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Review: The Season

Jonah Lisa Dyer & Stephen Dyer - The Season
Published: July 12, 2016 by Viking's Children
Genres: Contemporary, New Adult, Realistic Fiction
Pages: 326
Find on: Amazon, Book Depository, Goodreads
Rating: 3.5/5

She can score a goal, do sixty box jumps in a row, bench press a hundred and fifty pounds…but can she learn to curtsey?

Megan McKnight is a soccer star with Olympic dreams, but she’s not a girly girl. So when her Southern belle mother secretly enters her in the 2016 Dallas debutante season, she’s furious—and has no idea what she’s in for. When Megan’s attitude gets her on probation with the mother hen of the debs, she’s got a month to prove she can ballroom dance, display impeccable manners, and curtsey like a proper Texas lady or she’ll get the boot and disgrace her family. The perk of being a debutante, of course, is going to parties, and it’s at one of these lavish affairs where Megan gets swept off her feet by the debonair and down-to-earth Hank Waterhouse. If only she didn’t have to contend with a backstabbing blonde and her handsome but surly billionaire boyfriend, Megan thinks, being a deb might not be so bad after all. But that’s before she humiliates herself in front of a room full of ten-year-olds, becomes embroiled in a media-frenzy scandal, and gets punched in the face by another girl.

The season has officially begun…but the drama is just getting started.

This is so delightfully hilarious. And if you say, otherwise, I'll be sure to mail you a copy and - believe me - that's far from a bad thing.

Megan McKnight is a twenty-year soccer star and very legit about it (as in, vitamin-filled diets and super serious about college), living in an apartment with her sister, Julia, so when she discovers her mother has signed her up for the debutante ball, she's appropriately scandalized as she needs to prepare for the upcoming season. As in, soccer. However, her stage mom is adamant, she and Julia compete as debutantes as sisters. (By the way, this book isn't exactly Young Adult, it's more New Adult. Considering Megan is 20, not at home, and in college? Either way, I felt pleased to read an MC, so close an age to me.)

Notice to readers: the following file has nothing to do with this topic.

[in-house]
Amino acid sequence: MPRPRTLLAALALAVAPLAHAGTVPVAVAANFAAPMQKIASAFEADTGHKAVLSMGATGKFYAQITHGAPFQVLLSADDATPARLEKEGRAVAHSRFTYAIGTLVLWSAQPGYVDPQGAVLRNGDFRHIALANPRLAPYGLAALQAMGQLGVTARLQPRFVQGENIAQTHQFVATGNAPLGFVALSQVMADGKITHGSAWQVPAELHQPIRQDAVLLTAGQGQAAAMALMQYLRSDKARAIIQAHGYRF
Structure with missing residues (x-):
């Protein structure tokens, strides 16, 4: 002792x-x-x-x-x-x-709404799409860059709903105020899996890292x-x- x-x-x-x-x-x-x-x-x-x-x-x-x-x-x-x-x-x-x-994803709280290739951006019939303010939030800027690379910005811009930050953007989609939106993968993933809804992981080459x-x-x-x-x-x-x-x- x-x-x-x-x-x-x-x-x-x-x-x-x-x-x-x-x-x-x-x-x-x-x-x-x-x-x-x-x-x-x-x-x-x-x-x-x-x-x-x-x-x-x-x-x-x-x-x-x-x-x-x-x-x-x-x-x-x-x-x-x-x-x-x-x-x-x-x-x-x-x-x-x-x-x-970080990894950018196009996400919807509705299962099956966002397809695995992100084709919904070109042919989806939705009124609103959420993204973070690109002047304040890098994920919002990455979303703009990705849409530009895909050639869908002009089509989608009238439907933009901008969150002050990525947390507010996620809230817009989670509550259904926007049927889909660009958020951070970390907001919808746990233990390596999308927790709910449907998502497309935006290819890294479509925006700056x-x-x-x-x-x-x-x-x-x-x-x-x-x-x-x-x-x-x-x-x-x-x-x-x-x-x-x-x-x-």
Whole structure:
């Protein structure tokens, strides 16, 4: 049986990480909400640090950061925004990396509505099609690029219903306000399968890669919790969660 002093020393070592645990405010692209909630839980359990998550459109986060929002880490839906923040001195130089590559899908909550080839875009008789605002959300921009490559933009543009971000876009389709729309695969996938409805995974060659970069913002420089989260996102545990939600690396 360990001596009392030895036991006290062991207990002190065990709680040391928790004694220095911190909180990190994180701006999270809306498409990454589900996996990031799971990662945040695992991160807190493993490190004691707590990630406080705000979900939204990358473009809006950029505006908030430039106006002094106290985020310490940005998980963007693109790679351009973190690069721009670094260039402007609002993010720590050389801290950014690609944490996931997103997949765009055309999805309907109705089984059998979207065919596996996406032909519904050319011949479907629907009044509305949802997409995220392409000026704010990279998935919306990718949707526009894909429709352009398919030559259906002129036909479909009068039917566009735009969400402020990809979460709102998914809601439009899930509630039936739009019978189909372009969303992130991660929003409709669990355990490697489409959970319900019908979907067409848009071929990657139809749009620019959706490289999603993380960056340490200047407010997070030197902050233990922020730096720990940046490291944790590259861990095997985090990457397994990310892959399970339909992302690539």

Much to Megan's surprise, becoming a debutante isn't as easy as she initially perceived. She has to learn to pour tea, place the correct amount of sugar, dress for dinner, and meet the escort who'll lead her through the gallant affair. They vary, of course. Megan fails through numerous tasks while the other girls sail, including her sister. The den mother, Ann, is unhappy over her constant failure and routinely tells her to go home.
"So yes, there will be parties, but these parties serve a greater purpose."

Several girls used this pause for a dainty sip of tea. Prissy bitches.
Like I said, this book is diehard hilarious. Which I didn't expect. I was practically smiling throughout the whole read. It takes place in Texas, which is exhibited so gorgeously. Megan and her father ride horses, but there is a scene I absolutely detest, and I felt the need to warn a few of you in advance. Apparently, hunting is a thing there. Wildlife, birds, etc. Megan and her friends were shooting innocent birds for dinner-related reasons. No likey.

Also, how has no one mentioned this quote?
(...) Zach noticed my gun case.

"You brought your own gun case?" he asked cheerfully. Was he ever in a bad mood?

"Present from my dad for my thirteenth birthday."

"Sweet," Zach said. "Does Julia have one?"

"No, she got diamond earrings."
Well...okay. We love you, Texas, but y'all are occasionally #ratchet.

Megan starts an initially innocent affair with her escort, Hank, who was mostly uninteresting. Who killed the book for me was Megan's mother. She was such a stage monster. She was always trying to take charge, forcing everyone - including her husband - to do what she said. Ironically, a teeny part of her reminded me of my own mother, but not in a bad way. More of the mother we all have, like, "I brought you a dress!" / "Mom, I don't want that!" / "Oh...okay. Well, keep it in your closet. You'll like it eventually."

Also: Megan and her family are extremely privileged, which I felt the book was trying to keep on the sly. They make frequent shopping sprees to Neiman Marcus, Bergdorf's, and Megan is mentioned wearing Calvin Klein. If you'd like to qualify to be a debutante, I assume you'd have to be A-List rich.

I was planning on five-starring this, but the ending killed the book for me. Megan was trying to act like she was all about girl power. For those who abhor spoilers, continue below. For those who don't, Megan is a giant spitball of self-feminism.

By the final chapter, Megan steals the Queen Bee's boyfriend, and it's completely brushed under the rug. Queen Bee, who is also a debutante, confronts Megan, sobbing and angry. Megan says she and her man. Andrew, are just friends, but two pages later, they're confessing their undying love for one another.  Megan, you actual thot. Really. You're on an all-girls' soccer team, and you don't know the #1 Rule of Girl Code? What the hell is wrong with you?

Besides the ending, the snooty boys, and Megan's mother, I did enjoy 89% of the book. It's so fun and funny and delightful and reminiscent of Meg Cabot's Royal Wedding without the royalty and just perfect for when you need a break from a dystopian.


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